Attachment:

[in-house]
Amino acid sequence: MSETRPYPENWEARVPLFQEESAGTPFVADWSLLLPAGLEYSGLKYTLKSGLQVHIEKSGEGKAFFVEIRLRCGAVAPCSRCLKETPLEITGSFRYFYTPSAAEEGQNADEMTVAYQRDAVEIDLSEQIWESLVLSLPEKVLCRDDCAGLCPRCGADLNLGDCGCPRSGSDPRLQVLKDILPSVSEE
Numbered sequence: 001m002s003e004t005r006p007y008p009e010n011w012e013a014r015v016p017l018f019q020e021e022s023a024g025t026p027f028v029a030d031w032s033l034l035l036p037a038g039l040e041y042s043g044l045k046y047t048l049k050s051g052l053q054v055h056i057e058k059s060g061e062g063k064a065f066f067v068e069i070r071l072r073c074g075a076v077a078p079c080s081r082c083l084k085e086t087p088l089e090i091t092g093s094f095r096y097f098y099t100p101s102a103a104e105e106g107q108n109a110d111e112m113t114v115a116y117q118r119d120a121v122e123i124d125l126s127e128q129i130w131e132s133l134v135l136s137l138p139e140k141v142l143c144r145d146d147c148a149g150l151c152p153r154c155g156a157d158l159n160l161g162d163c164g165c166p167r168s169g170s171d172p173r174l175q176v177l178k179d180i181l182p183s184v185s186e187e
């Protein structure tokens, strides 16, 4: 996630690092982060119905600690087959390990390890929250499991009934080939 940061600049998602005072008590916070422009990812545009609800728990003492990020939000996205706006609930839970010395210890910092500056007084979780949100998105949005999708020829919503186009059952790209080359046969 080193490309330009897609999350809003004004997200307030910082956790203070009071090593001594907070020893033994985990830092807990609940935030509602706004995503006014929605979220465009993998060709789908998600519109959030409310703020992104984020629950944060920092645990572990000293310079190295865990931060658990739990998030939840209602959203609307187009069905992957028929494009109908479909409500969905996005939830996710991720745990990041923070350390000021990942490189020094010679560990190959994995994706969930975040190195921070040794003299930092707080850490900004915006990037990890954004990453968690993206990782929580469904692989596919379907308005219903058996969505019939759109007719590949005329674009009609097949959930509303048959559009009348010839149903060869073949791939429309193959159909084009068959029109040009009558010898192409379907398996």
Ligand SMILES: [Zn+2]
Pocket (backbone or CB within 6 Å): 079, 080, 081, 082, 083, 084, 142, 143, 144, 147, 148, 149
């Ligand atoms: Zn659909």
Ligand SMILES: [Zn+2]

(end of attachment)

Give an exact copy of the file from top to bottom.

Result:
[in-house]
Amino acid sequence: MSETRPYPENWEARVPLFQEESAGTPFVADWSLLLPAGLEYSGLKYTLKSGLQVHIEKSGEGKAFFVEIRLRCGAVAPCSRCLKETPLEITGSFRYFYTPSAAEEGQNADEMTVAYQRDAVEIDLSEQIWESLVLSLPEKVLCRDDCAGLCPRCGADLNLGDCGCPRSGSDPRLQVLKDILPSVSEE
Numbered sequence: 001m002s003e004t005r006p007y008p009e010n011w012e013a014r015v016p017l018f019q020e021e022s023a024g025t026p027f028v029a030d031w032s033l034l035l036p037a038g039l040e041y042s043g044l045k046y047t048l049k050s051g052l053q054v055h056i057e058k059s060g061e062g063k064a065f066f067v068e069i070r071l072r073c074g075a076v077a078p079c080s081r082c083l084k085e086t087p088l089e090i091t092g093s094f095r096y097f098y099t100p101s102a103a104e105e106g107q108n109a110d111e112m113t114v115a116y117q118r119d120a121v122e123i124d125l126s127e128q129i130w131e132s133l134v135l136s137l138p139e140k141v142l143c144r145d146d147c148a149g150l151c152p153r154c155g156a157d158l159n160l161g162d163c164g165c166p167r168s169g170s171d172p173r174l175q176v177l178k179d180i181l182p183s184v185s186e187e
């Protein structure tokens, strides 16, 4: 996630690092982060119905600690087959390990390890929250499991009934080939 940061600049998602005072008590916070422009990812545009609800728990003492990020939000996205706006609930839970010395210890910092500056007084979780949100998105949005999708020829919503186009059952790209080359046969 080193490309330009897609999350809003004004997200307030910082956790203070009071090593001594907070020893033994985990830092807990609940935030509602706004995503006014929605979220465009993998060709789908998600519109959030409310703020992104984020629950944060920092645990572990000293310079190295865990931060658990739990998030939840209602959203609307187009069905992957028929494009109908479909409500969905996005939830996710991720745990990041923070350390000021990942490189020094010679560990190959994995994706969930975040190195921070040794003299930092707080850490900004915006990037990890954004990453968690993206990782929580469904692989596919379907308005219903058996969505019939759109007719590949005329674009009609097949959930509303048959559009009348010839149903060869073949791939429309193959159909084009068959029109040009009558010898192409379907398996």
Ligand SMILES: [Zn+2]
Pocket (backbone or CB within 6 Å): 079, 080, 081, 082, 083, 084, 142, 143, 144, 147, 148, 149
């Ligand atoms: Zn659909």
Ligand SMILES: [Zn+2]